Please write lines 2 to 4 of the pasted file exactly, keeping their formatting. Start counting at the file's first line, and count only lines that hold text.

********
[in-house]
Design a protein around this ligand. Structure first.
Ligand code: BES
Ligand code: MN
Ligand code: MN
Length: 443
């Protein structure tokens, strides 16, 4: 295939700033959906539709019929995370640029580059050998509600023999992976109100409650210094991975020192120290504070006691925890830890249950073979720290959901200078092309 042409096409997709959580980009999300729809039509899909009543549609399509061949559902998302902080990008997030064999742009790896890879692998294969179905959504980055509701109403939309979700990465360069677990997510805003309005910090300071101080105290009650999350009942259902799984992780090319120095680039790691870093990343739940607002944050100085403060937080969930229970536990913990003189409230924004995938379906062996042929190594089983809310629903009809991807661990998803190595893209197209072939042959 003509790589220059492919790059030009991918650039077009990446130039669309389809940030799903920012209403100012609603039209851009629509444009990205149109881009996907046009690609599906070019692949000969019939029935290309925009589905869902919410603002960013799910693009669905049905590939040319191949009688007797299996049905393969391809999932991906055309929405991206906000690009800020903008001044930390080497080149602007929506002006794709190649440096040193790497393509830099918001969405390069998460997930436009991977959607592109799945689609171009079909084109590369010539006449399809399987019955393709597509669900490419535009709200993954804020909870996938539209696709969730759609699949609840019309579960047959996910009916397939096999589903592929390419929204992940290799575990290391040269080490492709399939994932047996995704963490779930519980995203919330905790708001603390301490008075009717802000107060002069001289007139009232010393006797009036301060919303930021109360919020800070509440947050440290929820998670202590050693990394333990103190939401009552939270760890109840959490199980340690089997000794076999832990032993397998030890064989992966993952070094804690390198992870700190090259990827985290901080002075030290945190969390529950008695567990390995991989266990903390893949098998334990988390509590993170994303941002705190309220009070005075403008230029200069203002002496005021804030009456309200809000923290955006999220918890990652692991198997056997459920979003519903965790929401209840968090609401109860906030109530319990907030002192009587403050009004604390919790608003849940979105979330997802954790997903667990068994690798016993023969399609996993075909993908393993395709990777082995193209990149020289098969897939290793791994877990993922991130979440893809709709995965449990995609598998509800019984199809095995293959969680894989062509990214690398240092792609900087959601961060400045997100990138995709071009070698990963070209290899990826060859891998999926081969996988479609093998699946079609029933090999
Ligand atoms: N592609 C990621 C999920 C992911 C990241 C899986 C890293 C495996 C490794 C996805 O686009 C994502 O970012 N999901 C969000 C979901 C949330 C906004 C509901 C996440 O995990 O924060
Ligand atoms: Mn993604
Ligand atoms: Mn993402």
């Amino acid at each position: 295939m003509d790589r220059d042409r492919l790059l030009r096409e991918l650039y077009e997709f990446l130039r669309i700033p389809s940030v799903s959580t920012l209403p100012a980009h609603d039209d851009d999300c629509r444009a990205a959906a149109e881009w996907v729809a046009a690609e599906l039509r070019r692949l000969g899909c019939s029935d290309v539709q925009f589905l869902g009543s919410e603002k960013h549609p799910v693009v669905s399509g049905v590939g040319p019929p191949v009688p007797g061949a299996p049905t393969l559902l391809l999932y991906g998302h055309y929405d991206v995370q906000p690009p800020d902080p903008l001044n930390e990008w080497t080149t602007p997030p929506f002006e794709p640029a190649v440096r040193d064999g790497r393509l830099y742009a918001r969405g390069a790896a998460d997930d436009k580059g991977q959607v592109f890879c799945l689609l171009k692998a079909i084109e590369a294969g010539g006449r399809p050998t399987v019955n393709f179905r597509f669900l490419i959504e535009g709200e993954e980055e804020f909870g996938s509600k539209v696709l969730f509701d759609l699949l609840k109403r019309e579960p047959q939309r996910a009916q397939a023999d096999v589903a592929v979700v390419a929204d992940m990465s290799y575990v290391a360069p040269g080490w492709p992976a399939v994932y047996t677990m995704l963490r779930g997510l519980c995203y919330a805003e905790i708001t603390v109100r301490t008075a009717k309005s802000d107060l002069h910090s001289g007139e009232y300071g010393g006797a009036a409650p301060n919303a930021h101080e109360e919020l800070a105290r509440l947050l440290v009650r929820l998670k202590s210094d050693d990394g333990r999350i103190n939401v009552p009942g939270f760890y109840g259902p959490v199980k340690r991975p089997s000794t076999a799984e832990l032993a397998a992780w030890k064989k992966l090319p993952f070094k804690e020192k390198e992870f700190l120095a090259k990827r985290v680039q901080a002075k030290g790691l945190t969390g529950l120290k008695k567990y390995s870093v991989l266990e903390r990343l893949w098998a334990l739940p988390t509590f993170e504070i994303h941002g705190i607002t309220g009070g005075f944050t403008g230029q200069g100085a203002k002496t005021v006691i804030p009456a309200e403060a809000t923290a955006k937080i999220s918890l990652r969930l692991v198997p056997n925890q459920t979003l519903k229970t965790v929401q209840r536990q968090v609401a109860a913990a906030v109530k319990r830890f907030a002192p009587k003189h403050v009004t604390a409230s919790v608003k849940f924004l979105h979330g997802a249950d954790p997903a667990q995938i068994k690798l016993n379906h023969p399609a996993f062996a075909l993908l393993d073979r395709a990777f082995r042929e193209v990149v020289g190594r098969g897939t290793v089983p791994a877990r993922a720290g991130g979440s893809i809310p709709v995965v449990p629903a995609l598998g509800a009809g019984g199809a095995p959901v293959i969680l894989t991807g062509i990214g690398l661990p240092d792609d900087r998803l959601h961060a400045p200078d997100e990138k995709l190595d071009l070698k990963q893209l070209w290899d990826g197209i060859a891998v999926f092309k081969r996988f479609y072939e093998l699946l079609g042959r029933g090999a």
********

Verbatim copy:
Design a protein around this ligand. Structure first.
Ligand code: BES
Ligand code: MN